Fortunoff, the famed furniture and jewelry retailer, is selling a majority stake to two private investors, Trimaran Capital Partners and Kier Group. News accounts, quoting unnamed sources, put the sale at $250 million.
A release stressed the family “will retain major equity stake and key management roles.” Newsday and the New York Post put the family’s holdings at around 25 percent. Members of the Fortunoff family declined to comment to JCK.
Dean Kehler, Trimaran managing partner, told JCK that he hoped to make Fortunoff a regional and perhaps even national retailer. It might even go public.
“We would like to expand the business over time,” he said. “They just opened their fourth store in the White Plains. In the next few years, there should be opportunities to do that in the Northeast.” He added that, if things go as planned, “it could be a wonderful public company.”
He stressed the family will remain active in the business and there should be no change in current management.
“We are not operators, we are financial investors,” he said. “Our job is to back good people that run a business and heaven knows that’s what we have here. We bought the business because it’s a wonderful business, not because we want to change it. In a lot of ways we view this as a recapitalization as much as the sale.”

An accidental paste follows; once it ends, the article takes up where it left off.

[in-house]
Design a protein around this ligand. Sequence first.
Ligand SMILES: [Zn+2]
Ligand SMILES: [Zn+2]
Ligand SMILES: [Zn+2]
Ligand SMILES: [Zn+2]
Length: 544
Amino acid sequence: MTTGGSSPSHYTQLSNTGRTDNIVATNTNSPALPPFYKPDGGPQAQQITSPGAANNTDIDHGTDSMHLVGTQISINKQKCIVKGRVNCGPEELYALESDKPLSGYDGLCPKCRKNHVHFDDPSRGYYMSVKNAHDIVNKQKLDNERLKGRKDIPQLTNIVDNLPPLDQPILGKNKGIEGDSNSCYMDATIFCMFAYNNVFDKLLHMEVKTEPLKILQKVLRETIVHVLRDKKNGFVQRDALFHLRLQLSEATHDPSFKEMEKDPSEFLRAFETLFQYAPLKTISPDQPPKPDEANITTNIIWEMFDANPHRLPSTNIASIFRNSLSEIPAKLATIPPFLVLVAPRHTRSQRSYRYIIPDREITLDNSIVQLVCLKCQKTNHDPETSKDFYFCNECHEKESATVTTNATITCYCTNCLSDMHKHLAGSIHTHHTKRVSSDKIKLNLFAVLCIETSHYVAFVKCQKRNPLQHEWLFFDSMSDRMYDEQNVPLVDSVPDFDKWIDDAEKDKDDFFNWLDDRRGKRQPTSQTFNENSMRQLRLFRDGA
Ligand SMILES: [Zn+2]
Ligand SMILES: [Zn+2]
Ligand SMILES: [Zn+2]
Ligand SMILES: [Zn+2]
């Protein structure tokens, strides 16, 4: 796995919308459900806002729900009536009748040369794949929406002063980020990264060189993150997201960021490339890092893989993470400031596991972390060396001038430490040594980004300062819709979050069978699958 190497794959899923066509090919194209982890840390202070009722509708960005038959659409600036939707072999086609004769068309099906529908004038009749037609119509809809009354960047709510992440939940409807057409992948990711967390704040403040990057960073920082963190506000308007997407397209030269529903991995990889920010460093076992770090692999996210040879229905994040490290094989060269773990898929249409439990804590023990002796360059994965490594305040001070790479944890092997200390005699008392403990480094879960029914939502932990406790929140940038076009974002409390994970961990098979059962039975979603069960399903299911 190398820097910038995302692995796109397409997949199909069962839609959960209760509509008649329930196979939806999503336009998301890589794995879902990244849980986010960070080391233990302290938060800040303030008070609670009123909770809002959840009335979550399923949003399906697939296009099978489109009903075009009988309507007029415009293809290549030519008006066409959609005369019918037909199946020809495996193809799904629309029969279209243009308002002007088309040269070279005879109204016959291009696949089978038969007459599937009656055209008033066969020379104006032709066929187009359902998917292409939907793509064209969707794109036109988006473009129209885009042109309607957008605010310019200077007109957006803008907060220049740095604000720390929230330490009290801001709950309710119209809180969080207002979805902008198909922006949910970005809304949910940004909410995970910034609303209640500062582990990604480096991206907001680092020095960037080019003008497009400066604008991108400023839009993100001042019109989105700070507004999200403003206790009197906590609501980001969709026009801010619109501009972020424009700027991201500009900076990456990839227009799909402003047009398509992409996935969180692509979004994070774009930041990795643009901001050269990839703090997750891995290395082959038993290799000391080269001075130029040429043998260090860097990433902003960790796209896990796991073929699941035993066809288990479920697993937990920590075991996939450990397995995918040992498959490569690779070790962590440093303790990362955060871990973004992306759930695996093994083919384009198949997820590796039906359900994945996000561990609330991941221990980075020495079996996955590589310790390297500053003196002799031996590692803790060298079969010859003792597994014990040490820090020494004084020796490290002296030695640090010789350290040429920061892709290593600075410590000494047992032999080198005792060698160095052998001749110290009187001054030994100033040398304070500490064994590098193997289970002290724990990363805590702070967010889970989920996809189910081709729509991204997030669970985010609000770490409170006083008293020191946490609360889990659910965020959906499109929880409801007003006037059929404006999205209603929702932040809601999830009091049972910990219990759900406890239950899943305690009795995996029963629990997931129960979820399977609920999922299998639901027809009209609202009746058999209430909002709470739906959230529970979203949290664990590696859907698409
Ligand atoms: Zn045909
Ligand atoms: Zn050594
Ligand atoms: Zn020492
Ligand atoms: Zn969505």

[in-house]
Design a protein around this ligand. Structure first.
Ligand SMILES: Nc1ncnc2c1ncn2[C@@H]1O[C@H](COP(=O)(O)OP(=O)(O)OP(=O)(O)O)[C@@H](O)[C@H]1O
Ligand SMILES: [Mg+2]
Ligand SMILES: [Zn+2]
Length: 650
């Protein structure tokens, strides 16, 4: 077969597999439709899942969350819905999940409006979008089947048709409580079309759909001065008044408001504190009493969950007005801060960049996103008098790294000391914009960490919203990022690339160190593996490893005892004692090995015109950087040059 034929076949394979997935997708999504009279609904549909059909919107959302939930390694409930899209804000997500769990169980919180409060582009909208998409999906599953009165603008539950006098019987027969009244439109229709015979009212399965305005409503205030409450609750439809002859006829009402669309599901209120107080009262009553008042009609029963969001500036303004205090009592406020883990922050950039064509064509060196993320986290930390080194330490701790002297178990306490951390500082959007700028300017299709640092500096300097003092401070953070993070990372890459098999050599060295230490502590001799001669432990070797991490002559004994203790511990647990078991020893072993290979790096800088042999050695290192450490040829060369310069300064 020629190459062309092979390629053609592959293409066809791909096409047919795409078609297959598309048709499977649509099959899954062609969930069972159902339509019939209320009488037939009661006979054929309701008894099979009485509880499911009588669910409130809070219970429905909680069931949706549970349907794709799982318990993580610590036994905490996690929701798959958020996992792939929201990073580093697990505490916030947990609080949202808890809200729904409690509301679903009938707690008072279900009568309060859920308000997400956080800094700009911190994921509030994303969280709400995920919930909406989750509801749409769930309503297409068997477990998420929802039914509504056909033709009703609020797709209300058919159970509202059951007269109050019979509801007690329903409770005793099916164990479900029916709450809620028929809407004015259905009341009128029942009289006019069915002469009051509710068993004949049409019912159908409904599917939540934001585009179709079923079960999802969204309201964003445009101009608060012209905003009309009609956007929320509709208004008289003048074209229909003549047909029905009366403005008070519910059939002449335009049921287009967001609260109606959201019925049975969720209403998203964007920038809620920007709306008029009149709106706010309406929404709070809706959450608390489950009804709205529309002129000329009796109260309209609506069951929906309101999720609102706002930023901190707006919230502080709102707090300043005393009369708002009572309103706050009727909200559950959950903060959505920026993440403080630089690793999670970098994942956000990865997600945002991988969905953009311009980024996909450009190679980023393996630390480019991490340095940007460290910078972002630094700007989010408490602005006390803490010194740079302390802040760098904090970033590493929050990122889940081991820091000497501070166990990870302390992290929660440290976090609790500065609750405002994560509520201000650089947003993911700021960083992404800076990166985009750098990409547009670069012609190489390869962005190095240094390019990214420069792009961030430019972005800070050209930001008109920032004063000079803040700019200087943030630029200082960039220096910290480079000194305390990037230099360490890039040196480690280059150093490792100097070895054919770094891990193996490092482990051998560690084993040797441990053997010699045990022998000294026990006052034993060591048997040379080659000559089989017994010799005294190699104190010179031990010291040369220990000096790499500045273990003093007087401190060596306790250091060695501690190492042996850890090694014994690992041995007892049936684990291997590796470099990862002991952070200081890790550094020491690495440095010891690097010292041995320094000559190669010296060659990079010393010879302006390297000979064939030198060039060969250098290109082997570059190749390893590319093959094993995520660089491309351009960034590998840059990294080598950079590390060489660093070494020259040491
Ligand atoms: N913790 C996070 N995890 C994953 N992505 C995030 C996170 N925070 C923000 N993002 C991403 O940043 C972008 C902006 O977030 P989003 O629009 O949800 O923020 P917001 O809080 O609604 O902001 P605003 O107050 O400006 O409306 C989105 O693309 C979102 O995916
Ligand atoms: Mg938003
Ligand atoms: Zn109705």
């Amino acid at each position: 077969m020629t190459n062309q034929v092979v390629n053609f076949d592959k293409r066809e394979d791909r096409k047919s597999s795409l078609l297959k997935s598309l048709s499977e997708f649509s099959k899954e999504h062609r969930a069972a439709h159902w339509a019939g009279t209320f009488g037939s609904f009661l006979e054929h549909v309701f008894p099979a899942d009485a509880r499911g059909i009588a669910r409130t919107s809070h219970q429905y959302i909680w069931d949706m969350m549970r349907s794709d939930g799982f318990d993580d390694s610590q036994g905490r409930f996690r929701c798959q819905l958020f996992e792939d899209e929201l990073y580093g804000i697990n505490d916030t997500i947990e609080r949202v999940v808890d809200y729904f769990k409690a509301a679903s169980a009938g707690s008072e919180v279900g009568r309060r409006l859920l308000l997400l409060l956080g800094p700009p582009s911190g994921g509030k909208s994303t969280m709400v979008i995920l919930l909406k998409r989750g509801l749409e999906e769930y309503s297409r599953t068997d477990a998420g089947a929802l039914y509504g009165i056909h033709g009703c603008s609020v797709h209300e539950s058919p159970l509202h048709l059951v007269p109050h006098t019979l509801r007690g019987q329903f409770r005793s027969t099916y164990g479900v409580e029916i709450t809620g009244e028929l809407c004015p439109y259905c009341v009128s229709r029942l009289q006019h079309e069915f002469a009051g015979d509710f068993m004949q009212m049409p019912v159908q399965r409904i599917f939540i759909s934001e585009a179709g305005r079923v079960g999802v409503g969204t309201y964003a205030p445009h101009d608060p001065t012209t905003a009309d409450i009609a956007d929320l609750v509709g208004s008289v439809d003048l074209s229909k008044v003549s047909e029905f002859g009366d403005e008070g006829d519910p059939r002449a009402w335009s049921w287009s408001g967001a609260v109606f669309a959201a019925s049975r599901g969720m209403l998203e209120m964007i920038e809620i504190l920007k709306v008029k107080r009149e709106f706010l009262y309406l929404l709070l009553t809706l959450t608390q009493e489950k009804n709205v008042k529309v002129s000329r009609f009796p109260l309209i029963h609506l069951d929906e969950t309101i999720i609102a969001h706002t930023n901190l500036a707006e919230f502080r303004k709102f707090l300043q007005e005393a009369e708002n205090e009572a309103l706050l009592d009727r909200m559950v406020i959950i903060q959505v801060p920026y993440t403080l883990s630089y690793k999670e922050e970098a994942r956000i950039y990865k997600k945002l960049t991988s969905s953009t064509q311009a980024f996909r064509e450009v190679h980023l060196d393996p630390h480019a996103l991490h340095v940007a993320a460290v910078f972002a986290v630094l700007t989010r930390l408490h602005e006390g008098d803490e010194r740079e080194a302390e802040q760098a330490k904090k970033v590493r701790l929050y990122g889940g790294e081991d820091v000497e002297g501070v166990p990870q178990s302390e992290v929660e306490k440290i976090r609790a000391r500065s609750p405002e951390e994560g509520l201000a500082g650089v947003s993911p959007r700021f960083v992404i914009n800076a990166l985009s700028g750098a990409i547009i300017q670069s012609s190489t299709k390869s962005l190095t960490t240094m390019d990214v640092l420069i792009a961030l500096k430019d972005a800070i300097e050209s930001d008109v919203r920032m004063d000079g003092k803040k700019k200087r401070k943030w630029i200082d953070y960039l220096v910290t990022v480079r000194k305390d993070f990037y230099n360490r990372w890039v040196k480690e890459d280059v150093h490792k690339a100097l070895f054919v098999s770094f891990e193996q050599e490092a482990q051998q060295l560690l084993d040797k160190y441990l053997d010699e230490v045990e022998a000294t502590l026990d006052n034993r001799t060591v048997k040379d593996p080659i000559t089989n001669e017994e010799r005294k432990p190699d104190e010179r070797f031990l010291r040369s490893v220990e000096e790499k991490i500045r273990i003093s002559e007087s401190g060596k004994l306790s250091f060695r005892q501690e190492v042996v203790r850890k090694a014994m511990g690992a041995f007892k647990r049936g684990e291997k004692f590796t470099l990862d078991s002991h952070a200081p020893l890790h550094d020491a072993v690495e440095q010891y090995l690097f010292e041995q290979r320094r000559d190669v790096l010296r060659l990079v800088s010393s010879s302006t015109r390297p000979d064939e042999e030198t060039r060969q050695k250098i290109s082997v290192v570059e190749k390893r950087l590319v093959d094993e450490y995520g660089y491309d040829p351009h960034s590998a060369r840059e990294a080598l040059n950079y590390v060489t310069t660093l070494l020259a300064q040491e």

The esteem Fortunoff has in its market was shown by a series of anguished comments from local shoppers in Newsday worried that the company would change. “A trip to Fortunoff is fun; and an F-Mart is the last thing Long Island needs,” said an editorial in the newspaper.
According to the New York Post, Trimarin outbid several other suitors, including Apollo, the New York buyout firm run by Leon Black.
Kehler said the company wasn’t currently looking at any other jewelry-related companies, although it does own an apparel retailer, Urban Brands.
Fortunoff has 3,300 employees. For the fiscal year ending 2003, revenues were $500 million.